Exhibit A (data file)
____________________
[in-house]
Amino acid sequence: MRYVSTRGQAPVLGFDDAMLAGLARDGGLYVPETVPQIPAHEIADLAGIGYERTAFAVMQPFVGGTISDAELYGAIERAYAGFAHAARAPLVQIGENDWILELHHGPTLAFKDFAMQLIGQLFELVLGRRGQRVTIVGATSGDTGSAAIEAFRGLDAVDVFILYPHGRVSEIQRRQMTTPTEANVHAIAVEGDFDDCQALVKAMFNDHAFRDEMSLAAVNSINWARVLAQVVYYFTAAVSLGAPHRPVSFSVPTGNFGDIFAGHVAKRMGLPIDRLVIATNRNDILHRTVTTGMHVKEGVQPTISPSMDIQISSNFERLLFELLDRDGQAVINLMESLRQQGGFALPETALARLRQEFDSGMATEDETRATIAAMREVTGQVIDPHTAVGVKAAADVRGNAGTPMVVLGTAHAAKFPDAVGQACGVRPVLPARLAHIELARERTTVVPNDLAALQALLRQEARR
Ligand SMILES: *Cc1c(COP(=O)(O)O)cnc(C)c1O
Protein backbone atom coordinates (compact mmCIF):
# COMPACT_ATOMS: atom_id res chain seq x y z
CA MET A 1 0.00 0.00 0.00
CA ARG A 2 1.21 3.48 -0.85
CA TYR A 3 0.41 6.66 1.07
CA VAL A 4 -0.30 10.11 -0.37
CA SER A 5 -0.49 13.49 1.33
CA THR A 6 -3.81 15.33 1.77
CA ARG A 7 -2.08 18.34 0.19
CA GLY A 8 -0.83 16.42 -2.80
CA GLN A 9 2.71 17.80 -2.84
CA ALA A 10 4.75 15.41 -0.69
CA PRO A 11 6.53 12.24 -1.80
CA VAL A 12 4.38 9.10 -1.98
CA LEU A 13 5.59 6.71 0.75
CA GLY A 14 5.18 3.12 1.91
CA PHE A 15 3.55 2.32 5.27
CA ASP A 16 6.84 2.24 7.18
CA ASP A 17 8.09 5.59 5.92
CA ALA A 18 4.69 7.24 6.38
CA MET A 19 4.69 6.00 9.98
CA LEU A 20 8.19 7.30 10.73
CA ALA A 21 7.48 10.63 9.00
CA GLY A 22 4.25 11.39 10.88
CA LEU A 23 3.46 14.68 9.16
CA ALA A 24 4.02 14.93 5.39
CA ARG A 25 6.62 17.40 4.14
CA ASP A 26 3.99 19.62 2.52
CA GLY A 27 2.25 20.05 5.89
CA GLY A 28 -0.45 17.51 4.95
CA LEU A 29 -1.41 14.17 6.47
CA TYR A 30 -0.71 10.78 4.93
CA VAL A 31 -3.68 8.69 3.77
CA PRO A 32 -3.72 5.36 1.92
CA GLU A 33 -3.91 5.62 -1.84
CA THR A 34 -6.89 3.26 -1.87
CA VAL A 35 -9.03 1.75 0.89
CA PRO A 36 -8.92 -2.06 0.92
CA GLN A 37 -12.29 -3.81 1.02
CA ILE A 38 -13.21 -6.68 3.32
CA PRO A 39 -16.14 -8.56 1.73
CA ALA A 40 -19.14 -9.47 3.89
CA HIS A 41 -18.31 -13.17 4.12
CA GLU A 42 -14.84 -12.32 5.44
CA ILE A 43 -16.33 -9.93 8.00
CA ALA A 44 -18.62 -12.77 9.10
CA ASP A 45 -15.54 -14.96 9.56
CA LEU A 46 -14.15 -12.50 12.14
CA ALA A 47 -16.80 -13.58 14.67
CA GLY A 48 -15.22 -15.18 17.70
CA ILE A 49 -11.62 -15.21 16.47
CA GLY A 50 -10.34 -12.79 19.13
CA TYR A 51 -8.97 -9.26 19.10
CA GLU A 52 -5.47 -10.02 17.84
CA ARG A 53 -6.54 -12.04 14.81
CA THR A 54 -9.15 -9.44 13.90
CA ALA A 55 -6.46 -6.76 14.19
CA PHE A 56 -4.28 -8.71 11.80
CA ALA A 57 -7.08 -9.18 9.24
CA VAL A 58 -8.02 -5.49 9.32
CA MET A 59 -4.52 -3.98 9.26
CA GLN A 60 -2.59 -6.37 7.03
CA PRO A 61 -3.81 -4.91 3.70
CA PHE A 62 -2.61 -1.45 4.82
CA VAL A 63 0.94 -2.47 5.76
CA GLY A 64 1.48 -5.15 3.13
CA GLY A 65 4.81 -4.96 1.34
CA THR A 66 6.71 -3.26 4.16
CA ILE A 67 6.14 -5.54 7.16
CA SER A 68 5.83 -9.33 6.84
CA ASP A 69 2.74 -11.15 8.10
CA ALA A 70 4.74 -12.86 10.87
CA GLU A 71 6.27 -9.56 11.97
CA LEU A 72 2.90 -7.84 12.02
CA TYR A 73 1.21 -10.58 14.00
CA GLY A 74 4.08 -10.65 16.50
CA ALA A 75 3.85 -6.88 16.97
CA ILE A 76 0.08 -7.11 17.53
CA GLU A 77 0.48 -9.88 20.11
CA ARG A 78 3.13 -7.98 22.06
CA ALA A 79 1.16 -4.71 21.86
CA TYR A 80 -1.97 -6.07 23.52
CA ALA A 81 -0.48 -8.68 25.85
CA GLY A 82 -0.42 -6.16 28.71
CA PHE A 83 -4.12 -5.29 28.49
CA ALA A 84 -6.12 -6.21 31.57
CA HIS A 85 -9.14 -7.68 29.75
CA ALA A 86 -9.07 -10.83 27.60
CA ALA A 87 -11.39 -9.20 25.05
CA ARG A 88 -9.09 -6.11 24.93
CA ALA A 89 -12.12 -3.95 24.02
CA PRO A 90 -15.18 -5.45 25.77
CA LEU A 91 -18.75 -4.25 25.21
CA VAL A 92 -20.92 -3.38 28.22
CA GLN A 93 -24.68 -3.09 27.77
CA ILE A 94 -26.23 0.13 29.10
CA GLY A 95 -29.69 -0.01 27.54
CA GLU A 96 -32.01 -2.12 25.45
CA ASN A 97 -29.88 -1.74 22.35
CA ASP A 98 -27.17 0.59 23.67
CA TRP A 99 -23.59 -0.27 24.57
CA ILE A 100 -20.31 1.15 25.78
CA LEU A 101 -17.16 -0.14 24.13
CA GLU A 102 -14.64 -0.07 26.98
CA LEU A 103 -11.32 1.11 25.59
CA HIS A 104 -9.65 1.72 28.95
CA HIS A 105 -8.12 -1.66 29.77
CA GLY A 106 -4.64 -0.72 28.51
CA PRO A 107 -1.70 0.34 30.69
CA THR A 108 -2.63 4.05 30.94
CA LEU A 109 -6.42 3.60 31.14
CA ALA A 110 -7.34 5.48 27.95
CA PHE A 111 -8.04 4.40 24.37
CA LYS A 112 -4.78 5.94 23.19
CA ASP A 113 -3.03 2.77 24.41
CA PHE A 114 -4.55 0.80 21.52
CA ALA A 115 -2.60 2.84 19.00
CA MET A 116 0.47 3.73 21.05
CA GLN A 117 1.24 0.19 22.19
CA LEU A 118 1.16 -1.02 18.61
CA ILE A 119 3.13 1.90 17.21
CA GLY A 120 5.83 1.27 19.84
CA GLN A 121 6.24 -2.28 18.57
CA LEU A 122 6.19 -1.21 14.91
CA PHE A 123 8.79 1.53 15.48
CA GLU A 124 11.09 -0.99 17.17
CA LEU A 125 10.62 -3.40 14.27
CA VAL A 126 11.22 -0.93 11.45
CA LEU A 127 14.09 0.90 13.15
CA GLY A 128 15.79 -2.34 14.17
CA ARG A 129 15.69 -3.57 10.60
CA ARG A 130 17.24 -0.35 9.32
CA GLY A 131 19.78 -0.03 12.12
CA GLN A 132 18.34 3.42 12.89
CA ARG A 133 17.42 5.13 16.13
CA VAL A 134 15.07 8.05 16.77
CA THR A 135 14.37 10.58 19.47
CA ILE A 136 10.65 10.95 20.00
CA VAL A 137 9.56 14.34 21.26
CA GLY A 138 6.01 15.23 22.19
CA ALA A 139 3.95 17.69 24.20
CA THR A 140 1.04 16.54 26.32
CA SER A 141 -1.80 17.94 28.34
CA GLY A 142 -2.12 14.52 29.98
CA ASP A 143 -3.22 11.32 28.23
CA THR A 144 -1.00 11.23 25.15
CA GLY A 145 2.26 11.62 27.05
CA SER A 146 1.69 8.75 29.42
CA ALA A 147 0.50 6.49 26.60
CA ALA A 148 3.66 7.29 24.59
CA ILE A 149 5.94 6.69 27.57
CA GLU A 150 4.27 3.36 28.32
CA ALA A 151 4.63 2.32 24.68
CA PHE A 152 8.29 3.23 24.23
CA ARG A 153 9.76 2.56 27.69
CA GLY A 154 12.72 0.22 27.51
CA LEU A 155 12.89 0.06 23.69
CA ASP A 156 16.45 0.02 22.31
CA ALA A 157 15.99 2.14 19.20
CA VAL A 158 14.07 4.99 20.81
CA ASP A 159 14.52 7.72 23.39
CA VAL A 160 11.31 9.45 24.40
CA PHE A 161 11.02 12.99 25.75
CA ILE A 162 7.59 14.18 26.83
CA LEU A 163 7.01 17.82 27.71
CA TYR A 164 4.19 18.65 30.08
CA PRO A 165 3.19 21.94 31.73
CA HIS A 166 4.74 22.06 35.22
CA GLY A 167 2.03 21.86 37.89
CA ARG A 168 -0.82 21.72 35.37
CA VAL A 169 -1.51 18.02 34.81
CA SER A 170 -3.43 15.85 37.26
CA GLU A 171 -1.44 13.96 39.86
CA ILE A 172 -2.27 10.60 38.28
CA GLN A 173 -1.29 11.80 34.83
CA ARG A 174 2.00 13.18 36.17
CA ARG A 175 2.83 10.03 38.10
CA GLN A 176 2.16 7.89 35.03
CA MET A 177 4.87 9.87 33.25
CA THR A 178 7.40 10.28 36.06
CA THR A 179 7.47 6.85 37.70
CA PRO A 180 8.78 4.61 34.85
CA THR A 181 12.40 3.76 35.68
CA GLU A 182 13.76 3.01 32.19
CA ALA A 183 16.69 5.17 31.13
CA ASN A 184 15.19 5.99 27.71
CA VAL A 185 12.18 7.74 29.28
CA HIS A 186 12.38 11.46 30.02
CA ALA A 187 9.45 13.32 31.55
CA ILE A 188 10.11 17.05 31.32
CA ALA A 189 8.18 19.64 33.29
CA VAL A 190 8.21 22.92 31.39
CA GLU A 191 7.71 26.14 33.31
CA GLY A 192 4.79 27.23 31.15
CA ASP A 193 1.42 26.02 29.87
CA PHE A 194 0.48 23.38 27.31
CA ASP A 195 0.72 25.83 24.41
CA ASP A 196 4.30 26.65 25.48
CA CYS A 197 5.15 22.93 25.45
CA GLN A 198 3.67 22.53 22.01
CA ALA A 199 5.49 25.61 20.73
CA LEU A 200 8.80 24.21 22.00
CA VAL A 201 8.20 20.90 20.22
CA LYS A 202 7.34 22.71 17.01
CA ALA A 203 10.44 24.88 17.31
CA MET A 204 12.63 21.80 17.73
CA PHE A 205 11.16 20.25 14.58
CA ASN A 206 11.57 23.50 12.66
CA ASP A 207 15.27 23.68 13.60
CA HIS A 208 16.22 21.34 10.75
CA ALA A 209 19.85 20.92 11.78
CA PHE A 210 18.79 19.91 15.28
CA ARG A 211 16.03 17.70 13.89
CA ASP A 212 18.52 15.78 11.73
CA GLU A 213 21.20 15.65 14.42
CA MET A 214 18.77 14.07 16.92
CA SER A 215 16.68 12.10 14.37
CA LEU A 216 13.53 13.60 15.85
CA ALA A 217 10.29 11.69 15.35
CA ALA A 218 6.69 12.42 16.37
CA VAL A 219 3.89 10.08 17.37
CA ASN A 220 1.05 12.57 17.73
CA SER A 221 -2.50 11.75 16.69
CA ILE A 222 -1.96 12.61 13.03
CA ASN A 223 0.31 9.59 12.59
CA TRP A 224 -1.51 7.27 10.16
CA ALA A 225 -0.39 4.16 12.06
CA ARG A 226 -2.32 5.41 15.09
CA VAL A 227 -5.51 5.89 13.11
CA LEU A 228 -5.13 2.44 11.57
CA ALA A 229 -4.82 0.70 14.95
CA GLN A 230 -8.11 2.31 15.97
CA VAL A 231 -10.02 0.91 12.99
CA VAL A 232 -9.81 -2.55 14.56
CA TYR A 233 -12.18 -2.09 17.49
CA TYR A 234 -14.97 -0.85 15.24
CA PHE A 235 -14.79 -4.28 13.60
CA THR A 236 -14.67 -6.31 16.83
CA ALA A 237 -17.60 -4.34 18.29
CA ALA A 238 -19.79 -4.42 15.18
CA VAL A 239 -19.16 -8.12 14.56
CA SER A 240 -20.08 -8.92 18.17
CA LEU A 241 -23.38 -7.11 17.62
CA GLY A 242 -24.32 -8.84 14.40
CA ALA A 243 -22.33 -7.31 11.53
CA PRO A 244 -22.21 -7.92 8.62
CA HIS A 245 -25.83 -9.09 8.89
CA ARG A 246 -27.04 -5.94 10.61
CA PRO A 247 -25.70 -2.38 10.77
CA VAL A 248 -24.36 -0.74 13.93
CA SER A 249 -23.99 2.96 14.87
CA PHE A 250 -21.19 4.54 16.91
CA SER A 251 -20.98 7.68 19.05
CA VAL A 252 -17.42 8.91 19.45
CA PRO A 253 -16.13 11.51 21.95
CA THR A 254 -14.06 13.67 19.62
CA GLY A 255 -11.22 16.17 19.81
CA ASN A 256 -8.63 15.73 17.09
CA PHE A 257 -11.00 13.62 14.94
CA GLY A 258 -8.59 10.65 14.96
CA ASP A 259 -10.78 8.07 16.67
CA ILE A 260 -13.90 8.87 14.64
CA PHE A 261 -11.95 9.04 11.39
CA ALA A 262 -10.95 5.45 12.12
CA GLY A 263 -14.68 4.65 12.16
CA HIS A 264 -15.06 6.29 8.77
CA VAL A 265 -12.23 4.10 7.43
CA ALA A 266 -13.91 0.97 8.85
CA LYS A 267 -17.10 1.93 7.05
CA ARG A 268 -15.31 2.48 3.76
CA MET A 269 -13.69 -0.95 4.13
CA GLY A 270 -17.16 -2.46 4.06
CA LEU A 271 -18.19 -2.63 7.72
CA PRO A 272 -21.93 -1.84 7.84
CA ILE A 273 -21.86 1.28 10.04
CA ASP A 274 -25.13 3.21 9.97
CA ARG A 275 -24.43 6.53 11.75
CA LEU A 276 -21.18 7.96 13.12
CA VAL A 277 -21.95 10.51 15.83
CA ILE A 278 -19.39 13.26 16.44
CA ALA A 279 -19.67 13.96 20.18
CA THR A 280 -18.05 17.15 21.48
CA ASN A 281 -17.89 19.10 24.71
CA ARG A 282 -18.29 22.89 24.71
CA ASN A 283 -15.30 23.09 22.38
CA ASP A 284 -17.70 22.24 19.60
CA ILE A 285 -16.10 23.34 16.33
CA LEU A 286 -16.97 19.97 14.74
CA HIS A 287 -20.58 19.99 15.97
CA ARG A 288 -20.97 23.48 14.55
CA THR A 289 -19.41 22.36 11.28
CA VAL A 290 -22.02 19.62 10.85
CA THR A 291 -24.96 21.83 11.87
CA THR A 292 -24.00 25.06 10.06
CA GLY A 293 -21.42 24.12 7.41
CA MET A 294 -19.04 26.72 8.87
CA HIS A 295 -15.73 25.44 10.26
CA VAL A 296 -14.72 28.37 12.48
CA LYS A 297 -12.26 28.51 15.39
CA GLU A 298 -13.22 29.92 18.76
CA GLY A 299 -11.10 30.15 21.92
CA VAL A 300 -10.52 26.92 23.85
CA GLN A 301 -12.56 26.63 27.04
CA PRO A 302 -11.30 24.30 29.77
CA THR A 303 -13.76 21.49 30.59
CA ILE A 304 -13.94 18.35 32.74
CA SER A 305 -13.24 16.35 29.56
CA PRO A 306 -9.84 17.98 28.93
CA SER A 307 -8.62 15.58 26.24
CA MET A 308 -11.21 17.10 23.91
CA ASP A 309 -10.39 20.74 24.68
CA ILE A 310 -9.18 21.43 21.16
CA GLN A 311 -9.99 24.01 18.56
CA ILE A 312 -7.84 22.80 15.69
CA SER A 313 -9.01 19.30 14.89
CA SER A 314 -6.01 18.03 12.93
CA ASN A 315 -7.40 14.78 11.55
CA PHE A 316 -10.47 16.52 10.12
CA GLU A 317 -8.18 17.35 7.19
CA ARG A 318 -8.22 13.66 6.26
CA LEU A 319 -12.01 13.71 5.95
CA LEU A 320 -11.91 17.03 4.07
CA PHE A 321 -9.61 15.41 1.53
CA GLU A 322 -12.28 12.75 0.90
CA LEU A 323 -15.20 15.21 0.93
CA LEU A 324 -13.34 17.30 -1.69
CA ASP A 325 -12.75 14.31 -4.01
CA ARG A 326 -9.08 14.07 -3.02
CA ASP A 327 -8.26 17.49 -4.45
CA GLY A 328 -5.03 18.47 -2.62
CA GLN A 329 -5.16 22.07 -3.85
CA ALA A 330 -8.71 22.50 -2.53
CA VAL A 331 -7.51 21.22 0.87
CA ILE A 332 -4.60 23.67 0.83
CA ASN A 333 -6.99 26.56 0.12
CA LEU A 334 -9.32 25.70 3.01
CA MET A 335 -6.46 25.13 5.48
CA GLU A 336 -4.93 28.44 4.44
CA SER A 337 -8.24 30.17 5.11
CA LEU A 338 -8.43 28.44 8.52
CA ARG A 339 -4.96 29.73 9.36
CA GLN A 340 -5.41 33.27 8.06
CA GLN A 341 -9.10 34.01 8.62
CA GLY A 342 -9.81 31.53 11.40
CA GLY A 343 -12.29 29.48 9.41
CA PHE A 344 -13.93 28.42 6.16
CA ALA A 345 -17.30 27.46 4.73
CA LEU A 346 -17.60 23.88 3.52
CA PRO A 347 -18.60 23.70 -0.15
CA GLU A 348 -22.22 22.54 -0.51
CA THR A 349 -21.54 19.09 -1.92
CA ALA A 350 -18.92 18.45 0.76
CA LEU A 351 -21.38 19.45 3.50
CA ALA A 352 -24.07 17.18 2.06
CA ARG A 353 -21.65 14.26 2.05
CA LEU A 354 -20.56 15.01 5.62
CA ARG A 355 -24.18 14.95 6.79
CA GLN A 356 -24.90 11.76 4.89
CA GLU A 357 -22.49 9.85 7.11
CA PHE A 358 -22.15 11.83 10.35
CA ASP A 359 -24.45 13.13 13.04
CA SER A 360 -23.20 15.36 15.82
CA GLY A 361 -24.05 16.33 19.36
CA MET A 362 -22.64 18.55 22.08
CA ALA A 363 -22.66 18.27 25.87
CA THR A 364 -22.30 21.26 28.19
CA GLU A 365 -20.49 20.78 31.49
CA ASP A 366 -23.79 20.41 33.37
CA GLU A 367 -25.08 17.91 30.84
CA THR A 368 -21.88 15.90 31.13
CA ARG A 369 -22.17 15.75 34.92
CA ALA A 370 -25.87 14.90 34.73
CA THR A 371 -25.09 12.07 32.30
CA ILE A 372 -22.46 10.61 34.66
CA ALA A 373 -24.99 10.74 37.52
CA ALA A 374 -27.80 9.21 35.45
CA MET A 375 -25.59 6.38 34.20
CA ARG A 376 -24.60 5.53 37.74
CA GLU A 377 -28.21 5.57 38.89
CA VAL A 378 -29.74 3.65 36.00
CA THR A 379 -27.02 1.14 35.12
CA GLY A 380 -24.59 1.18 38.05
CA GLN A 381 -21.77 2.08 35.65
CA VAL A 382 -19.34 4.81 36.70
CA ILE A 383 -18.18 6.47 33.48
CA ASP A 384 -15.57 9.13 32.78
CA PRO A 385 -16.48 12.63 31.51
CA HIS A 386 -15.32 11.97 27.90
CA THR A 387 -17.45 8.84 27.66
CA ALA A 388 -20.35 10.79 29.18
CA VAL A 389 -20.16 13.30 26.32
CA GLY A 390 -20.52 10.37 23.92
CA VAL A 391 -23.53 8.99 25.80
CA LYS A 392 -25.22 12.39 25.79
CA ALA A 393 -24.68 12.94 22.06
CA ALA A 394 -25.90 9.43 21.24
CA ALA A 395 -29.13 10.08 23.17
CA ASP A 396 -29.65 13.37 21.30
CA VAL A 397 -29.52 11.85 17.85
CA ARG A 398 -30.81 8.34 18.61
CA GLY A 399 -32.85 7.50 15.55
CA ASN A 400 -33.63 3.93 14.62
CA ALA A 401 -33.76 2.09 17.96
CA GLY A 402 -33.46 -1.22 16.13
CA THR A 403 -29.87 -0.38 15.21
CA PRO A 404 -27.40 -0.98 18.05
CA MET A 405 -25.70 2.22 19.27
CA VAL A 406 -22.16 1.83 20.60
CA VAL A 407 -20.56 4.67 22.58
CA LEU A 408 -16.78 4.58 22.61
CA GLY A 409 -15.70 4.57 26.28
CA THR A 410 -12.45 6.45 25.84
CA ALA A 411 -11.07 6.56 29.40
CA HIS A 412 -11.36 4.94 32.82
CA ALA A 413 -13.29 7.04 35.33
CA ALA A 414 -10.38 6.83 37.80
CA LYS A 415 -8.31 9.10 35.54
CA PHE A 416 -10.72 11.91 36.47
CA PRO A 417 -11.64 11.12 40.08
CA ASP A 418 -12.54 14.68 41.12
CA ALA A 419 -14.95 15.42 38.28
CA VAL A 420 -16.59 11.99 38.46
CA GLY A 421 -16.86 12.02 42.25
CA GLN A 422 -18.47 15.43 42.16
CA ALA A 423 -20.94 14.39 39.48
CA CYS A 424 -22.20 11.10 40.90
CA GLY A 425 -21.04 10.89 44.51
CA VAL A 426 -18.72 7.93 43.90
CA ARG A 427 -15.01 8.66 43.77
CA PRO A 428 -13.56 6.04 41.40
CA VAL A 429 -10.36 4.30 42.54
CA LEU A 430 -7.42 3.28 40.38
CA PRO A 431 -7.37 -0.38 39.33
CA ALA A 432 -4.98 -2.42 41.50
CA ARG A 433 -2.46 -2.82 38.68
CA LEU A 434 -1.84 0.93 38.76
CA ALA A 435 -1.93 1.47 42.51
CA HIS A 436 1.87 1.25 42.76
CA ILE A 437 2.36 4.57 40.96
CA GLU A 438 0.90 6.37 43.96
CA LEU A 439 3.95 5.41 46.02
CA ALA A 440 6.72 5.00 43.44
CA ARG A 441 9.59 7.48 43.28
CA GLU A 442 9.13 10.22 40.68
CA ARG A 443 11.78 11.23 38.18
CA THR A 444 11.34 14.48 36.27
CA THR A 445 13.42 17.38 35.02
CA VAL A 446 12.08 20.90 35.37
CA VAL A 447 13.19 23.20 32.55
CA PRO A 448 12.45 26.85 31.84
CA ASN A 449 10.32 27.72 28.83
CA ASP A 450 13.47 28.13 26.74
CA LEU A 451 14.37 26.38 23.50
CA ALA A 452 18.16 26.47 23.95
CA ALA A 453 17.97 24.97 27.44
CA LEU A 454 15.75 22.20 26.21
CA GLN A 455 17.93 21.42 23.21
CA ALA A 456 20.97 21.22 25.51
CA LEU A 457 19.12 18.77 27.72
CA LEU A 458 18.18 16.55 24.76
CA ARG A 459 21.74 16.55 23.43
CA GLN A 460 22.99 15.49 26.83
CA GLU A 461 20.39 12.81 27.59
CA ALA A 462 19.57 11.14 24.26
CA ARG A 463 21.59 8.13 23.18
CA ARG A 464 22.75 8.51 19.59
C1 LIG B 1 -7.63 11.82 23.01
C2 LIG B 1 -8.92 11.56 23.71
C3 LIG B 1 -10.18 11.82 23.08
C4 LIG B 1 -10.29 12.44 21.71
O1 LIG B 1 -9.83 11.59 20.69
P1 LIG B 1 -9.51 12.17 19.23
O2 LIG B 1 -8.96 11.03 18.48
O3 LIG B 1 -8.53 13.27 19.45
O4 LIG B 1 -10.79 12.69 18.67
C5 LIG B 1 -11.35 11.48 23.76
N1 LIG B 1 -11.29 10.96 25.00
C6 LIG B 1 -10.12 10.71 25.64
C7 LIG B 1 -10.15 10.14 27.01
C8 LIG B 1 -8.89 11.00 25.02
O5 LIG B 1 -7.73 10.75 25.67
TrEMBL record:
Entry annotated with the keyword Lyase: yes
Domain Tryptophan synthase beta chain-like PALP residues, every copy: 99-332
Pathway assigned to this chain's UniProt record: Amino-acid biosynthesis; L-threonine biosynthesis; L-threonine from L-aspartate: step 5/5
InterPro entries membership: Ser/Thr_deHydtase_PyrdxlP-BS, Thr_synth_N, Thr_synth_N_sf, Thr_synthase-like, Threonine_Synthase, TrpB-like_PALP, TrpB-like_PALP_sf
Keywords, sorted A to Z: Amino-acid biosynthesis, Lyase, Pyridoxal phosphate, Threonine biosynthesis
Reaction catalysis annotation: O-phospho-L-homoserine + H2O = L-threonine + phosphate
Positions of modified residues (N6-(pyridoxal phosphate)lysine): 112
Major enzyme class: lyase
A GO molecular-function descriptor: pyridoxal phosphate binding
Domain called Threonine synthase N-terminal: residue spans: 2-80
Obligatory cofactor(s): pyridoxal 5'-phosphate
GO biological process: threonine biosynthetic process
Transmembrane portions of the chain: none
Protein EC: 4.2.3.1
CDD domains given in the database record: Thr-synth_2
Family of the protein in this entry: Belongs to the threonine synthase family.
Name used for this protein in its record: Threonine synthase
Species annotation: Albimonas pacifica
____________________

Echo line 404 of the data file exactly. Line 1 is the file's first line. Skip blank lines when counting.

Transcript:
CA GLY A 399 -32.85 7.50 15.55